However, Willow gets a moment of triumph later in the episode, when Buffy says that Xander is “one of the girls”. Xander gets a taste of his own medicine. Listen to Buffering the Vampire Slayer’s episode on Witch for a great discussion of this topic.

The love triangle plot appears again when Xander wants to ask Buffy on a date, but she completely ignores him, and he imitates a cartoon character falling off a cliff to demonstrate his feelings about this. I feel more empathetic towards Xander in this moment, because he was prepared to tell Buffy his feelings, and was thwarted.

The plot (and the potion) thickens.

We don’t really know Cordelia very well at this point in the series. It’s only episode three after all. Which is why she is prime red herring material!

The creepy jump-scare moment with Amy and Cordelia in the locker room, assisted by the score and the sequence of shots, implies that Cordelia would do anything to get a place on the squad. However, we’ve all watched the episode, we know that’s not what’s going on here. In general, I’m not a big fan of Buffy’s red herrings, because they’re not really necessary to the plot and don’t add enough mystery to justify themselves, but it doesn’t bother me too much.

We also see the exterior of Amy’s house for the first time, a sinister, red-brick affair. Back to the lair in the attic, where a gravelly, female voice recites an incantation. Having seen this episode multiple times, I can now clearly hear that it is Amy’s voice, but on my first viewing, I don’t think I noticed.

I’m into my own thing.

Joyce extolls the virtues of being part of the yearbook team to Buffy, who is not impressed. She tells Joyce that she’s into her “own thing,” and she isn’t just a carbon copy of her mother. This is a bold statement of this episode’s theme, and extremely relevant to teenagers who feel pressure from their parents to conform. Her “own thing” could, of course, be slaying, but she can’t share that with her mother because she doesn’t want to put Joyce in danger.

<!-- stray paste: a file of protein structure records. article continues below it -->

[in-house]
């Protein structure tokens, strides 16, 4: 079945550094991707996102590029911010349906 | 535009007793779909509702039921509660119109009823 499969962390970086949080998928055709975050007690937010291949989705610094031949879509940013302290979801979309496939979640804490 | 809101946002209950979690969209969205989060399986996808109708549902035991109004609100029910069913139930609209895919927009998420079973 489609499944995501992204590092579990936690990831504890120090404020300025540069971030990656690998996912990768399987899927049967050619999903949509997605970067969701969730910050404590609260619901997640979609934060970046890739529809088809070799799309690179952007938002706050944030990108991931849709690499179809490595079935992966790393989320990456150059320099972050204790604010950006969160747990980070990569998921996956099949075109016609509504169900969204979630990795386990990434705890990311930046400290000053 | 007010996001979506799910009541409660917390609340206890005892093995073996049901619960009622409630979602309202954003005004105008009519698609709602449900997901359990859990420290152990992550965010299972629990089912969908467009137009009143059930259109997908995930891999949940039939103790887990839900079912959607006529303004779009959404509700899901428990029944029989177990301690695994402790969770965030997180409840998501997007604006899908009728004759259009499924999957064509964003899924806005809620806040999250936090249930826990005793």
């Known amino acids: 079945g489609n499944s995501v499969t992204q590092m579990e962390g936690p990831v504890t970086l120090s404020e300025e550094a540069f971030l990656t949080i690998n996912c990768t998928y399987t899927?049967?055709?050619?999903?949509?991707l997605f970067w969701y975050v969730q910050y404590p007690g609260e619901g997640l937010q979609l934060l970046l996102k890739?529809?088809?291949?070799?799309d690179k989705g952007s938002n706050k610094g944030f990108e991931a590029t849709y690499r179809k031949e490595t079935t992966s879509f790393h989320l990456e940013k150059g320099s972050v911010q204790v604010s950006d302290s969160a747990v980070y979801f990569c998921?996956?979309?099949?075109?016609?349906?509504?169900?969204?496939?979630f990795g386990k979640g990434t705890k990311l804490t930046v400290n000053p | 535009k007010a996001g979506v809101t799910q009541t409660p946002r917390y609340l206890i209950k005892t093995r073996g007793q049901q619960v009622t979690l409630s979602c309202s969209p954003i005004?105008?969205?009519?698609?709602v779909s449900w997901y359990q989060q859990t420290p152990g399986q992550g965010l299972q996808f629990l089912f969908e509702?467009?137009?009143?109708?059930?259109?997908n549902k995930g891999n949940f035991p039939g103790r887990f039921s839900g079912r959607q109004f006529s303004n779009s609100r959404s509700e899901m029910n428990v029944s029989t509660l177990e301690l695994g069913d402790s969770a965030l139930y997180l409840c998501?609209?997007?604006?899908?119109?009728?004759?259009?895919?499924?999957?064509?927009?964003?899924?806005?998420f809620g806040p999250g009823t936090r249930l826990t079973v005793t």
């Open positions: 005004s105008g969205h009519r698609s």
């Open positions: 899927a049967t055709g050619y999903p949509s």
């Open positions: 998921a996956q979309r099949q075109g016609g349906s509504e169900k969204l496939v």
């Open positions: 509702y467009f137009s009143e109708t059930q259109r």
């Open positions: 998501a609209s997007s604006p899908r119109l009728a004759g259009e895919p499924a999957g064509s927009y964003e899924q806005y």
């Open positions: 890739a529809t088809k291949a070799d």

The metaphor of a parent and child being the same person is made reality in Amy and Catherine, where Catherine has literally become Amy in order to live her life for her. But at this point in the episode, we don’t know that for sure!

Joyce also says something super-shitty at this juncture, that Buffy’s “own thing” got her expelled from her old school. Bad move. While this is true, it implies that Buffy can’t be trusted to make her own decisions, revealing, once again, how Joyce treats her like a child when she is actually making adult choices all the time.

Witchy Business

Cordelia is the next to fall foul of the witch’s magic, as she suffers blindness while driving a car. Buffy saves her just in time, and tells Giles what happened. He guesses that witches are responsible.

Buffy demonstrates that she is a skilled detective, not just a strong fighter. She works out that Amy has a motive to get onto the cheerleading team, and applies her own experience of parental pressure to the situation.

Willow and Giles come up with a plan to determine whether Amy is a witch. In chemistry class, the plan is put into action. I like that Willow is so matter of fact about the eye of newt, while Xander is the squeamish one. The potion confirms that Amy is a witch… and a girl suddenly appears to have had her mouth sealed up. Shocking!